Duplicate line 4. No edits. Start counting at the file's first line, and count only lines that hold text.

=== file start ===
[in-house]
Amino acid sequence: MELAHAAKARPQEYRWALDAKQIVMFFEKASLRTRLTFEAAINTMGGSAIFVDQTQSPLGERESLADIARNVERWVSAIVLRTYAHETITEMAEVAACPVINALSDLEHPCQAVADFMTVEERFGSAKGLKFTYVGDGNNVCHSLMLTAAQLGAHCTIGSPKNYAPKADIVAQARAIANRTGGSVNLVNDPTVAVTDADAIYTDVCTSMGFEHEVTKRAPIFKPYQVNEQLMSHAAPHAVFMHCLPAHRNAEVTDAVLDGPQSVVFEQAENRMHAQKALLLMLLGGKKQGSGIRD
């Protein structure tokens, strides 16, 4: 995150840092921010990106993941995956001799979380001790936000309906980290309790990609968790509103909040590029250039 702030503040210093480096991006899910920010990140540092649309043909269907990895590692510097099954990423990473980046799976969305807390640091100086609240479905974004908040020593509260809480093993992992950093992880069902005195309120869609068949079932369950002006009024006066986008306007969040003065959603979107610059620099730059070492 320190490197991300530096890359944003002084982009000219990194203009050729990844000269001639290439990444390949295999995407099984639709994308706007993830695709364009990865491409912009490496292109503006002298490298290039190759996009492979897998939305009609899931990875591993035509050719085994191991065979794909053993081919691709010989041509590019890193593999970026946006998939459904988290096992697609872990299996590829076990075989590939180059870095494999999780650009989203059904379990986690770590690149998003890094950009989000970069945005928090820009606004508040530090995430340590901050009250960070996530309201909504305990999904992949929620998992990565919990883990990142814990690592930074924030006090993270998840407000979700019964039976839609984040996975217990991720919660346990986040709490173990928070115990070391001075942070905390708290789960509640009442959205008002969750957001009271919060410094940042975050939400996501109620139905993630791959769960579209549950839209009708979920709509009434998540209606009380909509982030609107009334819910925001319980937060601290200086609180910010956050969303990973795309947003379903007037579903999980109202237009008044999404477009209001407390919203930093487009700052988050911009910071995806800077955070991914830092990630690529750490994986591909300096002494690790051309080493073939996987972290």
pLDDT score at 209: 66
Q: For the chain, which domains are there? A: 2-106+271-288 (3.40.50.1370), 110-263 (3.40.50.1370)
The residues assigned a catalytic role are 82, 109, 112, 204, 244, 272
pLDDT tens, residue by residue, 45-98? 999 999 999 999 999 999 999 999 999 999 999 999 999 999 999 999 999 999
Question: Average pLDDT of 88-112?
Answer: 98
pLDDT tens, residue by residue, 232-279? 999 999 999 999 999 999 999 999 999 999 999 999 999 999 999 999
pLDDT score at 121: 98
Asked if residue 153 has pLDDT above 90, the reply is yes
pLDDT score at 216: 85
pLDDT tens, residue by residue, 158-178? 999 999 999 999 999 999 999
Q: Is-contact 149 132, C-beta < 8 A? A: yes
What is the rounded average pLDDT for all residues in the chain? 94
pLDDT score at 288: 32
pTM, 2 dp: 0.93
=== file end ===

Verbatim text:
pLDDT score at 209: 66